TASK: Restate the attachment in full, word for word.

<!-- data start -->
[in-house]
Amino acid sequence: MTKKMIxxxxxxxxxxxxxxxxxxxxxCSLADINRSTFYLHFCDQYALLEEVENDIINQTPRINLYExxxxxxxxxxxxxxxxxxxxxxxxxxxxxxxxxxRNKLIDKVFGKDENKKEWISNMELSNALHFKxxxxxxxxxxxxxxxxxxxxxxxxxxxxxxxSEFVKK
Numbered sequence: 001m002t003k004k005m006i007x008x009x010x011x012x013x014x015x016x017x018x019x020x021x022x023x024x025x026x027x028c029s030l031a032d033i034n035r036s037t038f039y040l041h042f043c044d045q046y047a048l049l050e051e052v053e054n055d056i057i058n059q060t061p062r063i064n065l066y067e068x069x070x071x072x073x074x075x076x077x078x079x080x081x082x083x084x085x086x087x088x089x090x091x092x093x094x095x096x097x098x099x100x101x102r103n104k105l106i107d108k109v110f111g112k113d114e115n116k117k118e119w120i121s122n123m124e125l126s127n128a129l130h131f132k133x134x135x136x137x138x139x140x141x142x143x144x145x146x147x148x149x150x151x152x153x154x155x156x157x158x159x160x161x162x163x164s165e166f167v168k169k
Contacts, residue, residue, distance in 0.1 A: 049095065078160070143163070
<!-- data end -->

[in-house]
Amino acid sequence: MTKKMIxxxxxxxxxxxxxxxxxxxxxCSLADINRSTFYLHFCDQYALLEEVENDIINQTPRINLYExxxxxxxxxxxxxxxxxxxxxxxxxxxxxxxxxxRNKLIDKVFGKDENKKEWISNMELSNALHFKxxxxxxxxxxxxxxxxxxxxxxxxxxxxxxxSEFVKK
Numbered sequence: 001m002t003k004k005m006i007x008x009x010x011x012x013x014x015x016x017x018x019x020x021x022x023x024x025x026x027x028c029s030l031a032d033i034n035r036s037t038f039y040l041h042f043c044d045q046y047a048l049l050e051e052v053e054n055d056i057i058n059q060t061p062r063i064n065l066y067e068x069x070x071x072x073x074x075x076x077x078x079x080x081x082x083x084x085x086x087x088x089x090x091x092x093x094x095x096x097x098x099x100x101x102r103n104k105l106i107d108k109v110f111g112k113d114e115n116k117k118e119w120i121s122n123m124e125l126s127n128a129l130h131f132k133x134x135x136x137x138x139x140x141x142x143x144x145x146x147x148x149x150x151x152x153x154x155x156x157x158x159x160x161x162x163x164s165e166f167v168k169k
Contacts, residue, residue, distance in 0.1 A: 049095065078160070143163070